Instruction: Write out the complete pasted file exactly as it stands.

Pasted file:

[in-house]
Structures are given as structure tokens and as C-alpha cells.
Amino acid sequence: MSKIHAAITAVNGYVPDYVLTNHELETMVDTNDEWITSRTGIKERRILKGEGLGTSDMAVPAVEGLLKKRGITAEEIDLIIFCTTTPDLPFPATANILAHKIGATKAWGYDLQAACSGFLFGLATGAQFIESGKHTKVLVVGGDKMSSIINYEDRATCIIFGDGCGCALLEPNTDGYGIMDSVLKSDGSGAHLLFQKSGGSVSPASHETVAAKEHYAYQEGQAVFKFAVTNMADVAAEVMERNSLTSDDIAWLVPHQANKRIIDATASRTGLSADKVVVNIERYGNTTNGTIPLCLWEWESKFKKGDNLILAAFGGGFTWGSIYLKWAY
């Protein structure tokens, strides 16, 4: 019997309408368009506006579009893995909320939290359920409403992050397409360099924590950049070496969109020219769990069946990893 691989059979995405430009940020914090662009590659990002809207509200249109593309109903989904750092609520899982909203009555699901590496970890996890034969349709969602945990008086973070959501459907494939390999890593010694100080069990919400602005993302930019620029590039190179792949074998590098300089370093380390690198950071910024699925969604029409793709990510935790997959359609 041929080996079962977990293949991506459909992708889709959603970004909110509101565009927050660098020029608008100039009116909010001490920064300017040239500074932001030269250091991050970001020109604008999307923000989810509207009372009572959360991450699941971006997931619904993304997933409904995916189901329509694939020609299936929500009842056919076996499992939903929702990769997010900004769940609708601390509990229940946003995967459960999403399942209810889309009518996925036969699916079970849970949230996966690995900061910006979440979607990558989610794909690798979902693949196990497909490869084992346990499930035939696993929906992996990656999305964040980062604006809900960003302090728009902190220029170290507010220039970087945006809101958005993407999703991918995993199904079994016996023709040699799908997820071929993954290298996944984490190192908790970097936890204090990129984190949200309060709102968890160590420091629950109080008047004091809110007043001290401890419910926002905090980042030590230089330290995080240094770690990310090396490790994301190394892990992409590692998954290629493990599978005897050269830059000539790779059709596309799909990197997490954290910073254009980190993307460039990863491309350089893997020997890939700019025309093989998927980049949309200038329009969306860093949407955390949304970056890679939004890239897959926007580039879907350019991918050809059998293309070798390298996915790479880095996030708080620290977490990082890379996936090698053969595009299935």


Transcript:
[in-house]
Structures are given as structure tokens and as C-alpha cells.
Amino acid sequence: MSKIHAAITAVNGYVPDYVLTNHELETMVDTNDEWITSRTGIKERRILKGEGLGTSDMAVPAVEGLLKKRGITAEEIDLIIFCTTTPDLPFPATANILAHKIGATKAWGYDLQAACSGFLFGLATGAQFIESGKHTKVLVVGGDKMSSIINYEDRATCIIFGDGCGCALLEPNTDGYGIMDSVLKSDGSGAHLLFQKSGGSVSPASHETVAAKEHYAYQEGQAVFKFAVTNMADVAAEVMERNSLTSDDIAWLVPHQANKRIIDATASRTGLSADKVVVNIERYGNTTNGTIPLCLWEWESKFKKGDNLILAAFGGGFTWGSIYLKWAY
């Protein structure tokens, strides 16, 4: 019997309408368009506006579009893995909320939290359920409403992050397409360099924590950049070496969109020219769990069946990893 691989059979995405430009940020914090662009590659990002809207509200249109593309109903989904750092609520899982909203009555699901590496970890996890034969349709969602945990008086973070959501459907494939390999890593010694100080069990919400602005993302930019620029590039190179792949074998590098300089370093380390690198950071910024699925969604029409793709990510935790997959359609 041929080996079962977990293949991506459909992708889709959603970004909110509101565009927050660098020029608008100039009116909010001490920064300017040239500074932001030269250091991050970001020109604008999307923000989810509207009372009572959360991450699941971006997931619904993304997933409904995916189901329509694939020609299936929500009842056919076996499992939903929702990769997010900004769940609708601390509990229940946003995967459960999403399942209810889309009518996925036969699916079970849970949230996966690995900061910006979440979607990558989610794909690798979902693949196990497909490869084992346990499930035939696993929906992996990656999305964040980062604006809900960003302090728009902190220029170290507010220039970087945006809101958005993407999703991918995993199904079994016996023709040699799908997820071929993954290298996944984490190192908790970097936890204090990129984190949200309060709102968890160590420091629950109080008047004091809110007043001290401890419910926002905090980042030590230089330290995080240094770690990310090396490790994301190394892990992409590692998954290629493990599978005897050269830059000539790779059709596309799909990197997490954290910073254009980190993307460039990863491309350089893997020997890939700019025309093989998927980049949309200038329009969306860093949407955390949304970056890679939004890239897959926007580039879907350019991918050809059998293309070798390298996915790479880095996030708080620290977490990082890379996936090698053969595009299935």